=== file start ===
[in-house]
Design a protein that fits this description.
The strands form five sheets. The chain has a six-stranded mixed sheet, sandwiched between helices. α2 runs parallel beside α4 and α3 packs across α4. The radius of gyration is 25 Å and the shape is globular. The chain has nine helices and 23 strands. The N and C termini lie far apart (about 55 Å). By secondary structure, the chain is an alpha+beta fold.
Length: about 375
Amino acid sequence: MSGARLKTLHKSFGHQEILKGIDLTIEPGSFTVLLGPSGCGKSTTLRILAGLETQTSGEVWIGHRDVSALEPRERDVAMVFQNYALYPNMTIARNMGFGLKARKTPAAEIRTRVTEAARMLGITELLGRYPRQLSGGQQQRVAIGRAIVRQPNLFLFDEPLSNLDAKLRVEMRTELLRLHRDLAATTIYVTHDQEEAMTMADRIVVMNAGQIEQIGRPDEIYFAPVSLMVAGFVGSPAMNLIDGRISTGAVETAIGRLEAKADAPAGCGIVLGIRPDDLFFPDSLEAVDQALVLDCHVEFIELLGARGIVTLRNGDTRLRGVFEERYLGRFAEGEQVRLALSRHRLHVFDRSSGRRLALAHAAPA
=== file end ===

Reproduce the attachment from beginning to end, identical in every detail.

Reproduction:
[in-house]
Design a protein that fits this description.
The strands form five sheets. The chain has a six-stranded mixed sheet, sandwiched between helices. α2 runs parallel beside α4 and α3 packs across α4. The radius of gyration is 25 Å and the shape is globular. The chain has nine helices and 23 strands. The N and C termini lie far apart (about 55 Å). By secondary structure, the chain is an alpha+beta fold.
Length: about 375
Amino acid sequence: MSGARLKTLHKSFGHQEILKGIDLTIEPGSFTVLLGPSGCGKSTTLRILAGLETQTSGEVWIGHRDVSALEPRERDVAMVFQNYALYPNMTIARNMGFGLKARKTPAAEIRTRVTEAARMLGITELLGRYPRQLSGGQQQRVAIGRAIVRQPNLFLFDEPLSNLDAKLRVEMRTELLRLHRDLAATTIYVTHDQEEAMTMADRIVVMNAGQIEQIGRPDEIYFAPVSLMVAGFVGSPAMNLIDGRISTGAVETAIGRLEAKADAPAGCGIVLGIRPDDLFFPDSLEAVDQALVLDCHVEFIELLGARGIVTLRNGDTRLRGVFEERYLGRFAEGEQVRLALSRHRLHVFDRSSGRRLALAHAAPA